Deep in the darkest depths of the Transylvanian Alps there once lived a man named Dracula. Or at least that is what we thought until we learnt that it is a big con based loosely around Vlad the Impaler and a book by a man (Bram Stoker) who never even visited the region.
Vlad was a man who knew how to make kebabs. Perhaps one of the only Princes throughout history to attempt a human kebab, Vlad was famous for taking meat and skewering it on a stick – on a big scale. If you thought the reindeer kebab was monstrous, then just check out what old Vlad was up to.
Vlad dining handsomely on something here. Human kebab? Perhaps. Either way, this open-air dining experience might not be to everyone's tastes, and Romania has moved on considerably since these days, but Vlad remains a popular figure, largely due to his love of the common man – he would impale rich men, poor men, women, children, anyone who did anything bad would get impaled. That's just how he rolled.
Romania's capital, Bucharest, has many ways of celebrating the glory of the kebab. This monument, named "rebirth memorial", is testament to the importance of sticking things on skewers. Like most art, people argue about what it means, but it seems clear that it is a bleeding lump of meat on a skewer, and that's what matters.
Taking a slightly different twist on the kebab theme, this street artist at Bucharest's "street delivery" festival was painting up quite a storm with his interpretation of the glorious kebab. If this is a bit risqué for you then fear not, alternative street art is available.
Like these Bucharesti badboys: battered and bruised, they signify the condition of Bucharest today – a bedraggled city, rough around the edges but with hidden pockets of charm and culture.
Many young people are leaving Romania in search of foreign lands (and wages) but yet Romania still tops the European growth league – it is booming. In fact, Romania has a lot to be proud about, and not just its street art.
The origin of the kebab is a hotly disputed topic but one thing's for sure, Romania has a proud history of celebrating meat on a stick.
Of course, the meat on a stick that we want to see Romania celebrating is the spinning ele-leg and we were not disappointed. Only minutes after crossing the border from Ukraine, in the small border town of Sighetu Marmației, we saw this magnificent monument to meat – the largest kebab advert so far!
The focus of the review is a kebab from Transylvania, but first, with a sign like this, we just had to give these guys a go.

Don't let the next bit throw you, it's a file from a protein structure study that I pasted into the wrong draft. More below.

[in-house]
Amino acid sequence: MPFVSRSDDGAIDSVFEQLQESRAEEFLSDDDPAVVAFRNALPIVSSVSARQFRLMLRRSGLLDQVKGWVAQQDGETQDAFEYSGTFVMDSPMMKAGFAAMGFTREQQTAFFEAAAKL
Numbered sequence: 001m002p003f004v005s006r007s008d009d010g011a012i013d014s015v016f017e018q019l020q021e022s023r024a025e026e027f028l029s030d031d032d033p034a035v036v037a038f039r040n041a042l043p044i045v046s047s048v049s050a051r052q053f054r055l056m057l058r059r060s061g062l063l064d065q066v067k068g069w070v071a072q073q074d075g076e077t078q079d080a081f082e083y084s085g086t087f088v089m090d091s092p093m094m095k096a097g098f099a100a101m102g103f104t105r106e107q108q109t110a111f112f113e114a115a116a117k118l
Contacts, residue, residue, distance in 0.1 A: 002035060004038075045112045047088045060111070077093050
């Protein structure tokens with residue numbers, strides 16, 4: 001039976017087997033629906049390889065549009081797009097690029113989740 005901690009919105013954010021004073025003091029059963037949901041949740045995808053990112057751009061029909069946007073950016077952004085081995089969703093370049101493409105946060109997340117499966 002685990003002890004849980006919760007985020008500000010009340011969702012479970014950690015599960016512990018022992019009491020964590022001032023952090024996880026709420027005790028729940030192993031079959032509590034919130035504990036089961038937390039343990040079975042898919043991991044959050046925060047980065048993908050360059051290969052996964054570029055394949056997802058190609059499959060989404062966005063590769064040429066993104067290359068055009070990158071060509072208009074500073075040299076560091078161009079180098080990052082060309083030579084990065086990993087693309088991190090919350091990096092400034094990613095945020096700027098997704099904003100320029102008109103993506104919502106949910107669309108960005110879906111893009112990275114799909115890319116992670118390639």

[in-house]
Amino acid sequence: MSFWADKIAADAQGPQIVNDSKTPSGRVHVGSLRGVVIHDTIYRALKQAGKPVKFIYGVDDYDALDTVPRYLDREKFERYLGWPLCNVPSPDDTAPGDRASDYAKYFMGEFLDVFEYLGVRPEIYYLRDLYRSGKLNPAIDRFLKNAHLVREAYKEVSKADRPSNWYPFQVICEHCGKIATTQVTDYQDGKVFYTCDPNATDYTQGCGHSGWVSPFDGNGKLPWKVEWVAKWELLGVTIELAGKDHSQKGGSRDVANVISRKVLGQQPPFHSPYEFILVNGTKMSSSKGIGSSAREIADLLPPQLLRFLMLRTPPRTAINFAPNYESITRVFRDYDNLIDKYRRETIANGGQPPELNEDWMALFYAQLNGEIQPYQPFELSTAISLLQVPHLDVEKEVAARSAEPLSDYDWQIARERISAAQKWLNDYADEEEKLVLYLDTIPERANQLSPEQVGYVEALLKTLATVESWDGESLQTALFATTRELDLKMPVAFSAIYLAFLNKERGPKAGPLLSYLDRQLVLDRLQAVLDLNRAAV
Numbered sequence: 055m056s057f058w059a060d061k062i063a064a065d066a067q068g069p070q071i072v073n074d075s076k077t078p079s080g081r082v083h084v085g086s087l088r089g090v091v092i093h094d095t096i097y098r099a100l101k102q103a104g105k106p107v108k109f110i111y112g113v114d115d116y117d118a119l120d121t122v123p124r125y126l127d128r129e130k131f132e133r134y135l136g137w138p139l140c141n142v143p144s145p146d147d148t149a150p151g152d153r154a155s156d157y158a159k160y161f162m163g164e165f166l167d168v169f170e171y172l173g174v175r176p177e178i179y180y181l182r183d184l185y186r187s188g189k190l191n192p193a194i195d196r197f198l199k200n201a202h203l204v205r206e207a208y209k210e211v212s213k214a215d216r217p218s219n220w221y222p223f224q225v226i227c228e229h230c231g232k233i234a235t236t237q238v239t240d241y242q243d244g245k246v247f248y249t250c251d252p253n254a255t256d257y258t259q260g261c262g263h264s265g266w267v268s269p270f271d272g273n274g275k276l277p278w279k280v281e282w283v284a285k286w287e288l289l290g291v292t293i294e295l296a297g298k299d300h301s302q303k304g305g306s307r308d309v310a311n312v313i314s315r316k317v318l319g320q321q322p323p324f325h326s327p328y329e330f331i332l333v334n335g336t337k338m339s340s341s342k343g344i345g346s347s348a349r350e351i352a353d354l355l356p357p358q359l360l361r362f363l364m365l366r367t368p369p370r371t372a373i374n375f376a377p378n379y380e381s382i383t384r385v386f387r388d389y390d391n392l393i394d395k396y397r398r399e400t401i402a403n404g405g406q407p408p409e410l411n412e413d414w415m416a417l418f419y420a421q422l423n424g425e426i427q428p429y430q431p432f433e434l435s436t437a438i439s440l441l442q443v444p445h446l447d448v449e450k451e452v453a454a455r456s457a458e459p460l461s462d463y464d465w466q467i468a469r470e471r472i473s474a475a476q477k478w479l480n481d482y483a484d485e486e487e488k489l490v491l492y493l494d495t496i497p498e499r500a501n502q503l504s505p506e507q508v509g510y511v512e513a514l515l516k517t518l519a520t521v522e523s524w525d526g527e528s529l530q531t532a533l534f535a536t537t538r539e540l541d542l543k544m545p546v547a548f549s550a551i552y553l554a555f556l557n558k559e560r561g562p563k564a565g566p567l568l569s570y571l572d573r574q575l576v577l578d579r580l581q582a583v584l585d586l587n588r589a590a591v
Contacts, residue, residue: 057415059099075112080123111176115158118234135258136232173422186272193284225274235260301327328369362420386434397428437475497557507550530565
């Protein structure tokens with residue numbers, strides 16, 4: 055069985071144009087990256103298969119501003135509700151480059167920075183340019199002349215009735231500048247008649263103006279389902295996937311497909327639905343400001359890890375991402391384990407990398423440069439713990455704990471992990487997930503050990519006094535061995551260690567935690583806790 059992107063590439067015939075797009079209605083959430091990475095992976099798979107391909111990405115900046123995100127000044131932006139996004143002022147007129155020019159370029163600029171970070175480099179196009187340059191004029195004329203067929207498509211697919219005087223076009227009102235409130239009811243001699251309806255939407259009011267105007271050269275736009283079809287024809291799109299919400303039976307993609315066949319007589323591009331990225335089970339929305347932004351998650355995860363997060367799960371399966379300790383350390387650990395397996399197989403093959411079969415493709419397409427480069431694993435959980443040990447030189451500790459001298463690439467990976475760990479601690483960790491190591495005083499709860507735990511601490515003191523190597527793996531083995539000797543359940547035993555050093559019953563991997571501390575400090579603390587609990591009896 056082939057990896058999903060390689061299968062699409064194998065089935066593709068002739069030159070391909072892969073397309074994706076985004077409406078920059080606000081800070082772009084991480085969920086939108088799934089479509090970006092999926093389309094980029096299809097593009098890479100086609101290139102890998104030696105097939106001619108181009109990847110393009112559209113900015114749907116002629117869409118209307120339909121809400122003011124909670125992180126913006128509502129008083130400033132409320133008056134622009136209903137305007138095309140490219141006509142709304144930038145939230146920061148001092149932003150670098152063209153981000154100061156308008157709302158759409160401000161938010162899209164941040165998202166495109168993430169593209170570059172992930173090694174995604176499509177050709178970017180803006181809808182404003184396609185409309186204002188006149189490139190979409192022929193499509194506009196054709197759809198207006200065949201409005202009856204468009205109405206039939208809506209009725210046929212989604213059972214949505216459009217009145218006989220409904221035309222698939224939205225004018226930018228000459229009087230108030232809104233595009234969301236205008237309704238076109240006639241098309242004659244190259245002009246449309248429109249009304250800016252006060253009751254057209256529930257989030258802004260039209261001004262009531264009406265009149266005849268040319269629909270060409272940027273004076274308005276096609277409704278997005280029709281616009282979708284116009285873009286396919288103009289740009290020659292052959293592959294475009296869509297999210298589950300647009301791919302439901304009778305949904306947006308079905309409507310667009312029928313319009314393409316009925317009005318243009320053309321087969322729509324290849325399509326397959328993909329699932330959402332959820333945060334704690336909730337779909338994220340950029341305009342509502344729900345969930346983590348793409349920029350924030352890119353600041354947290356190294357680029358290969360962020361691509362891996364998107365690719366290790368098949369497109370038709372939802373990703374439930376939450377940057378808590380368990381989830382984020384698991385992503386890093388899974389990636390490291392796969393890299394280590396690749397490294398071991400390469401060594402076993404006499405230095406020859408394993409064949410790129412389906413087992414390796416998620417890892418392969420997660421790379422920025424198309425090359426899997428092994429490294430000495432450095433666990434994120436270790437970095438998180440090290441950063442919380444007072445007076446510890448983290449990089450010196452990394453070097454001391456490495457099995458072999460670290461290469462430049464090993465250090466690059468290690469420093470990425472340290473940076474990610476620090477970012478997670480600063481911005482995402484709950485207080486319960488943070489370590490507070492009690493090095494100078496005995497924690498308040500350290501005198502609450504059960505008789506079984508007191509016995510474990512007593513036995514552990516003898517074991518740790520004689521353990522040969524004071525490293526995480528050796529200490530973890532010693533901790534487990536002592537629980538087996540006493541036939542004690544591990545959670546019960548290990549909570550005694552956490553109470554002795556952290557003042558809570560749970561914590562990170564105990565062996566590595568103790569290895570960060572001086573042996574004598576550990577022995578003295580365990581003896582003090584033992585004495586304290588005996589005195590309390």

Kate had the kebab platter; it was quite a healthy meal, featuring a local favourite of barley millet risotto, spicy grilled peppers, the always welcome chips, two types of lettuce, onion and marinated beef. It was clear already that Romania took its kebabs seriously, and this was a seriously well-balanced platter of food. Three types of spicy sauce were available: pickled jalapenos, hot sauce and chilli flakes to custom-fire the kebab and it came with a freshly baked pouch of bread to enable the build-your-own babby.
Pete went for a more traditional shawarma-style option. The bread did not know what had hit it. First it was smeared in the juices from the beef ele-leg – this was the first time we had seen this, but it is absolute genius – and then it was held against the grill to seal in the toasty beefy bready goodness.
This too-big-for-the-bread beef-smeared not-feared behemoth was then assembled with a big dollop of spicy sauce, some chips (standard), and a generous portion of char-seared juicy pink beef. Eventually giving up on wrapping his chops around the supergun, Pete gave in and got it under control with a knife and fork. This kebab left its mark on Pete's heart, his clothing and his face but not so much on the wallet.
Romania was off to a good start.
Next stop was Transylvania, but rather than a blood kebab, there was not even a bear kebab to be found in the beautiful city of Brașov. Nestled against the Carpathian Mountains in the Transylvanian Alps, the old town of Brașov (known as Kronstadt) was far too posh to house a kebab shop. Luckily though, the out-of-town shopping mall had an international food court that featured the fledgling Spartan kebab chain.
A sign of the new Romania, this place was really popular, with three ele-legs and a range of fresh salad ingredients to choose from. A chain of kebab stores spreading around Romania, like Vlad himself, they must have impaled a few thousand meaty lumps by now.
Two kebabs, chips and a drink for £8 in the air-conditioned splendour of the Coresi shopping village – Romania, welcome to the future! Never mind the Maccy Ds, Romania's fast food of choice is a far more meaty affair, and with choice of two different kebab shops in the food court, Romania is doing alright.
There is no reason to fear Dracula after eating this garlic-filled pimped-with-chips beauty. The bread was fluffy and thick and the meat was juicy with a char-grilled edge. A healthy dose of salad and some pickles topped it off to give that sense of five-a-day smuggery.
And, of course, with extra chips stuffed in there and a big dollop of hot sauce, which, surprisingly, is actually quite spicy, this was a dream.
All in all, Romania is a winner, and their fast-food kebabs are a beacon of bready beefy butty that even Gheorghe Hagi would be proud of. But did Romania make it to the World Cup?
|Meat Quality||Dan Petrescu|
|Flavour Blend||A solid performance|
|Salady Goodness||Full, fresh and crispy|
|Spice Hit||Gheorghe Hagi|
|Vlad the Impaler would be proud of Romanian kebabs.|
Next stop: Bulgaria. No, not the womble, the country!